Pool Boys


George Takei wonders how he got into this movie.

George Takei wonders how he got into this movie.

(2011) Comedy (Cinedigm) Matthew Lillard, Brett Davern, Efren Ramirez, Rachelle Lefevre, Tom Arnold, Robert Davi, Jay Thomas, Rhoda Griffis, Patricia de Leon, Sheena Lee, Simona Fusco, Darla Haun, Janine Habeck, Monica Leigh, Jennifer Walcott, Heather Marsden, Rachel Rogers, A.J. Alexander, George Takei, John Billingsley, Stephanie Honore. Directed by J.B. Rogers

College these days is an expensive proposition and an Ivy League school like Harvard is nearly impossible unless your folks happen to have a spare million or two burning a hole in their pockets. For the rest of us, even if we have the grades and test scores to get in the very prospect of paying for a Harvard education is a daunting task.

That’s what Alex Sperling (Davern) is looking forward to. Fortunately, he has a summer internship set up that will help offset the cost but when that falls through, he looks to his fast-talking cousin Roger (Lillard) for help. Roger has been bragging about his successful aqua engineering business but as it turns out, Roger is a bit of a story teller – his business turns out to be pool maintenance in Los Angeles. As you might expect, Alex isn’t just disappointed – he’s furious.

Roger doesn’t want to let his cuz down however. A chance opportunity to housesit for a wealthy Beverly Hills client gives Roger a hare-brained idea – to turn the mansion into a brothel. He could – ‘scuse the pun – clean up and give Alex more than he needs for his tuition. Roger knows he can’t lose, particularly with Hollywood star Tom Arnold (himself) on his side.

If this kind of thing sounds familiar, it was old hat 30 years ago. Lillard is one of those character actors whose face you probably know well if not the name. He can do goofy but a little of it goes a long way and he’s a bit over-the-top here. So too is Efren Ramirez as an over-sexed gardener. However, they at least have some personality – Davern shows little here.

Like any raunchy sex comedy, there’s plenty of raunch – lots of women in various states of undress, the occasional boob, and I will say that the women in this film are as good looking as any as you’ll find in a single movie of this sort. For those looking for that sort of thing, you can’t go wrong here.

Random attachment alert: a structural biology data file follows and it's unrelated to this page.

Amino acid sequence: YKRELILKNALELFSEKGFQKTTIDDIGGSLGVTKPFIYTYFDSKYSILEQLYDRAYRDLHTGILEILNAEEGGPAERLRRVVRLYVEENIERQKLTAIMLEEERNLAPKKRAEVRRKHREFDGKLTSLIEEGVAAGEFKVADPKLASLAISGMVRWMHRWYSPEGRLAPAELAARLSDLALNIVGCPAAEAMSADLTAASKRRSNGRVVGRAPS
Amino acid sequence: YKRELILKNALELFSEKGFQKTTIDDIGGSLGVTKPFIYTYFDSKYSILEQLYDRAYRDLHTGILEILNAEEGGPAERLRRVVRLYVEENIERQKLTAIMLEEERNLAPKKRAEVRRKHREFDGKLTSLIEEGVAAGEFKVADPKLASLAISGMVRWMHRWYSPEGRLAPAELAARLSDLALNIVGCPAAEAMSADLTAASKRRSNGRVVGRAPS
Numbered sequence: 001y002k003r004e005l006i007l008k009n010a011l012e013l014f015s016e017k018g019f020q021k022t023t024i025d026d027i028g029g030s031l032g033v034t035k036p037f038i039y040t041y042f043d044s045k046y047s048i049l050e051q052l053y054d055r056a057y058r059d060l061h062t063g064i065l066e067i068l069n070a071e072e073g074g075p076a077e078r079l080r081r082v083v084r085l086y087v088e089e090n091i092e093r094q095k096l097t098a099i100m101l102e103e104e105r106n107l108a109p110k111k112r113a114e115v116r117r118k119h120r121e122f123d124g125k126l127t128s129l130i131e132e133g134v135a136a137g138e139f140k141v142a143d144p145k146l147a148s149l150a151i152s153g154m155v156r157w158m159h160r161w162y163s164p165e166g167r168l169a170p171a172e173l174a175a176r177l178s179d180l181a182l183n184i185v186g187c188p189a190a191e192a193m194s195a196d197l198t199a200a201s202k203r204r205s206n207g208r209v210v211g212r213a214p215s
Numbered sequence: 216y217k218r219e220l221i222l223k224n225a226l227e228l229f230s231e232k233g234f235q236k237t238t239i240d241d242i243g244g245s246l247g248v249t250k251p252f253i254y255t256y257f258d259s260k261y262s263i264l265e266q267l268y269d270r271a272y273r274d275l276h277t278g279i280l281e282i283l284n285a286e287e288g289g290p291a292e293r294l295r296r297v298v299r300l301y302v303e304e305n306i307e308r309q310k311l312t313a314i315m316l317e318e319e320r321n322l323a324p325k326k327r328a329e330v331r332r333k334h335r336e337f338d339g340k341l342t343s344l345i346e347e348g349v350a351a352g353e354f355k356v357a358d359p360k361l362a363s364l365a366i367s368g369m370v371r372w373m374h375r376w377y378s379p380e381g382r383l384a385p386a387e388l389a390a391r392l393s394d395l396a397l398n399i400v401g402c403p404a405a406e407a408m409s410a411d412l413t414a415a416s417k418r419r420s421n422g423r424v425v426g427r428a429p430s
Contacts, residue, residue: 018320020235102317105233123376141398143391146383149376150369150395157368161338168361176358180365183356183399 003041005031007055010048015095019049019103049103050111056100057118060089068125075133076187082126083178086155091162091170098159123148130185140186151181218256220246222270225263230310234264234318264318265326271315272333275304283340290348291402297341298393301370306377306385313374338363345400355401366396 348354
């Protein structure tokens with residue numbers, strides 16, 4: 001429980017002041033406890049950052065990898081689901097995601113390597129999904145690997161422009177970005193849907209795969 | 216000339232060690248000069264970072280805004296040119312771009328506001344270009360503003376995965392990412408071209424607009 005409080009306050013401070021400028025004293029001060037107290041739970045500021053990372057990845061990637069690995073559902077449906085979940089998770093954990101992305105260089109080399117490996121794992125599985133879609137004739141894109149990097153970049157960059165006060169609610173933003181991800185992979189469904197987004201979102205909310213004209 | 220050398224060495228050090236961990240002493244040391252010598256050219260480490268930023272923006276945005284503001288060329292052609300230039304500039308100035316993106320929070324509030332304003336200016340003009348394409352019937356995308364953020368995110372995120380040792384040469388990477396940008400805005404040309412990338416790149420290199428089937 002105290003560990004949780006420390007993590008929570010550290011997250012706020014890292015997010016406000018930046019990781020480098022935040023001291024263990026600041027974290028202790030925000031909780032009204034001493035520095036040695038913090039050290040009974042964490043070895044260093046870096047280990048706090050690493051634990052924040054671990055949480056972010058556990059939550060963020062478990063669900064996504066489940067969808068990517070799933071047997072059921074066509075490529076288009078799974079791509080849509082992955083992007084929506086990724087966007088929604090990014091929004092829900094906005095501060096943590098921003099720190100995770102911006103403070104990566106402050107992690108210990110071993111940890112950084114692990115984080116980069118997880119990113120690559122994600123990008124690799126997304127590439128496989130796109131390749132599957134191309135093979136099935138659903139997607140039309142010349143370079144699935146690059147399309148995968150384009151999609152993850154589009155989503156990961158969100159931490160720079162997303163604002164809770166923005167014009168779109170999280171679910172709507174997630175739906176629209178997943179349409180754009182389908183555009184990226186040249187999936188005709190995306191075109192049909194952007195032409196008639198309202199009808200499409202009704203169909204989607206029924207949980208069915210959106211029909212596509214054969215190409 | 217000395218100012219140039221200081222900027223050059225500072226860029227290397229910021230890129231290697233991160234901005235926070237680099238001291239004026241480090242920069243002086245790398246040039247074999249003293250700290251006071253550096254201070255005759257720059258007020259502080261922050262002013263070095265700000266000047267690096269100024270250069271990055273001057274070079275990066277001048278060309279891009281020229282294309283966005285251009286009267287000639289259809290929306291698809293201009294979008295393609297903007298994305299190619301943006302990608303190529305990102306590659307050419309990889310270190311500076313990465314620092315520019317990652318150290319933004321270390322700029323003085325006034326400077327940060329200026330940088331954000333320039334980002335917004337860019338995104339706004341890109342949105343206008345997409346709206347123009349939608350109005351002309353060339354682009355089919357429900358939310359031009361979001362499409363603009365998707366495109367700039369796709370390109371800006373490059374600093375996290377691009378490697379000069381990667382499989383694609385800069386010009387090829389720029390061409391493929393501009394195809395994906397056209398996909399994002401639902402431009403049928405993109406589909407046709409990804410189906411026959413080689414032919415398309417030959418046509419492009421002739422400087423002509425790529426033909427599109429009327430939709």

Unfortunately most of the rest of us want some comedy with our sex comedies and there is little of that to be found here. Most of the jokes are tired and/or fall flat. Some of that is performer-driven but much of it is that the jokes weren’t that funny to begin with. That’s not a good sign if you’re looking to laugh.

WHY RENT THIS: Plenty of gorgeous swimsuit-clad (and nude) bodies.

WHY RENT SOMETHING ELSE: Doesn’t add anything to the raunchy sex comedy genre. Not funny enough.

FAMILY VALUES: Plenty of raunchy humor, sexual content and nudity, some bad language and a bit of drug use.

TRIVIAL PURSUIT: The Braille studs on Lillard’s cap read “1969.”

NOTABLE DVD EXTRAS: There’s a virtual lapdance sequence (I kid you not).

BOX OFFICE PERFORMANCE: $2,269 on an unreported production budget.

COMPARISON SHOPPING: Risky Business

FINAL RATING: 4/10

NEXT: Ender’s Game

Crank: High Voltage


Crank: High Voltage

You can't say that Jason Statham doesn't get a charge out of life.

(Lionsgate) Jason Statham, Amy Smart, Dwight Yoakam, Efren Ramirez, Clifton Collins Jr., Bai Ling, David Carradine, Art Hsu, Corey Haim, Gerri Halliwell, John de Lancie. Directed by Mark Neveldine and Brian Taylor

Some action movies are high octane. Others, nuclear meltdowns. The first Crank was one of the latter. Would this one measure up?

You wouldn’t think so, given that the hero of the first movie (SPOILER ALERT) falls from a helicopter to his apparent death on the city street below. (CONTINUE READING) But in the universe of Crank: High Voltage, Asian gangsters come along with a snow shovel to scoop up the wide-awake Chev Chelios (Statham) with a snow shovel to bring him to a back room operating room, where his seemingly indestructible heart has been removed for transplant into an aged Chinese mobster (a nearly unrecognizable Carradine).